who tempt them with illusive promises of growth and tax revenues.
The Real Cost to the Community
It's time to start asking the right questions. What's the real cost to a community that loses its locally- owned retail base? What are the forces undermining that retail base?
1. What's the Effect on Supporting Businesses?
A locally-owned business employs a wide array of local supporting services. Local architects, designers, cabinet shops, sign makers and contractors are hired to build it. Local attorneys, accountants, insurance brokers, public relations firms, computer consultants, and advertising agencies are employed to help run it. Operating funds are deposited in local banks, and that money is plowed back into the local community.
When a national chain moves into a community, it puts in place a
copy of stores it operates elsewhere, and it uses a minimum of local
supporting services. The money is funneled back to the home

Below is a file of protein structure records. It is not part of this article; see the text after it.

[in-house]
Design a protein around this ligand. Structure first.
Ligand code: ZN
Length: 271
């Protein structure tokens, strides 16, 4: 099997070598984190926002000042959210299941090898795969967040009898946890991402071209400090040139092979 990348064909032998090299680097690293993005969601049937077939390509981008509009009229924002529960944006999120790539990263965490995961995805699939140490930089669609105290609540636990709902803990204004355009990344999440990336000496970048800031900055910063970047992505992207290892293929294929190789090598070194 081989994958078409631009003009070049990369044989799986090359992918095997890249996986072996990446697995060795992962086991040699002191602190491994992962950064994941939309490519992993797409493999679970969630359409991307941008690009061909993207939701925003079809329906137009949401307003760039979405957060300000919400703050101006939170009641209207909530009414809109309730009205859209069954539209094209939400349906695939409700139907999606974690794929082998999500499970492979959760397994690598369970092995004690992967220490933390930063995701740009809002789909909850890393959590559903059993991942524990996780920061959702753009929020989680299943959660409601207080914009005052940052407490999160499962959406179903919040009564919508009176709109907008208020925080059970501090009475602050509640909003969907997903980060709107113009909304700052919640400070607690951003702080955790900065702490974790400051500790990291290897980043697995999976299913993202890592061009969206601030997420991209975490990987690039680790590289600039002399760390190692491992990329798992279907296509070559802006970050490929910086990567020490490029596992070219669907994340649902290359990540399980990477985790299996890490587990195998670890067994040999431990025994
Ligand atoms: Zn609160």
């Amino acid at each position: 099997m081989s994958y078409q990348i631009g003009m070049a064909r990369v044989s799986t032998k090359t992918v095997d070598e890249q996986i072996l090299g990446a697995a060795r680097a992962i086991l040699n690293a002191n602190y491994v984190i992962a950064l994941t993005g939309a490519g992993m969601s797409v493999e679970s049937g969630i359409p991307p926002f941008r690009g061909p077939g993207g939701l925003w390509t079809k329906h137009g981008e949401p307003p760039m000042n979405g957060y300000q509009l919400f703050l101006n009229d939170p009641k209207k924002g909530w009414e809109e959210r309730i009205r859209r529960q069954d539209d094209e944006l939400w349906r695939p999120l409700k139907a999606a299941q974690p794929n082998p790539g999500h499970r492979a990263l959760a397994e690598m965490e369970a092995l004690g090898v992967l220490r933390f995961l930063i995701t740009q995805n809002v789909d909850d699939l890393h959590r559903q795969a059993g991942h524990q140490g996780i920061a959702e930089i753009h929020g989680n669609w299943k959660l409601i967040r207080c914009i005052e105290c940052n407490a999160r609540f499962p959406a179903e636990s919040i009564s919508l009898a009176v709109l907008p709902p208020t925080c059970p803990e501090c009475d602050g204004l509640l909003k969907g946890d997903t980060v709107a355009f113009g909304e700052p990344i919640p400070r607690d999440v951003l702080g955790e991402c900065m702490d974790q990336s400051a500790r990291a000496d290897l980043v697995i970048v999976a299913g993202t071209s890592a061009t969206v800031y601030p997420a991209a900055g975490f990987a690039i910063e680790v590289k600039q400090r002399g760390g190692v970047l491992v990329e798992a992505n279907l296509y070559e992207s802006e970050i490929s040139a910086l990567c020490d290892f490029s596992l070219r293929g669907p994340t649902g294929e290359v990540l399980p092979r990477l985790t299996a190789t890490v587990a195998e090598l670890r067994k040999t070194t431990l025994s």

What then is the economic cost to other businesses in a community
when local retailers are replaced by national chains?
2. What's the Effect on Employment and Entrepreneurial
Both local retailers and national chain outlets hire employees, but there are important differences. The owner or manager of a local store is an entrepreneur in every sense, developing skills in buying, selling, planning and management that cannot be learned in any other way. Local businesses also employ people with specialized skills, like bookkeepers, who perform functions that in a national chain might only be done in a single national office. This is not to degrade the work done by chainstore employees, only to point out that the jobs available in national outlets are likely to be one-dimensional jobs, providing training in only a narrow aspect of a business.
The loss of a community base of entrepreneurial skills is an issue
that needs to be explored, but there are others. How does the entry
level pay of employees compare with community-based retailers? How
often are experienced managerial employees transferred out of an area
as a matter of company policy? How well do national chain outlets
train employees to meet community needs and to understand the
products or services being served?
And then there's the biggest question of all: What happens when a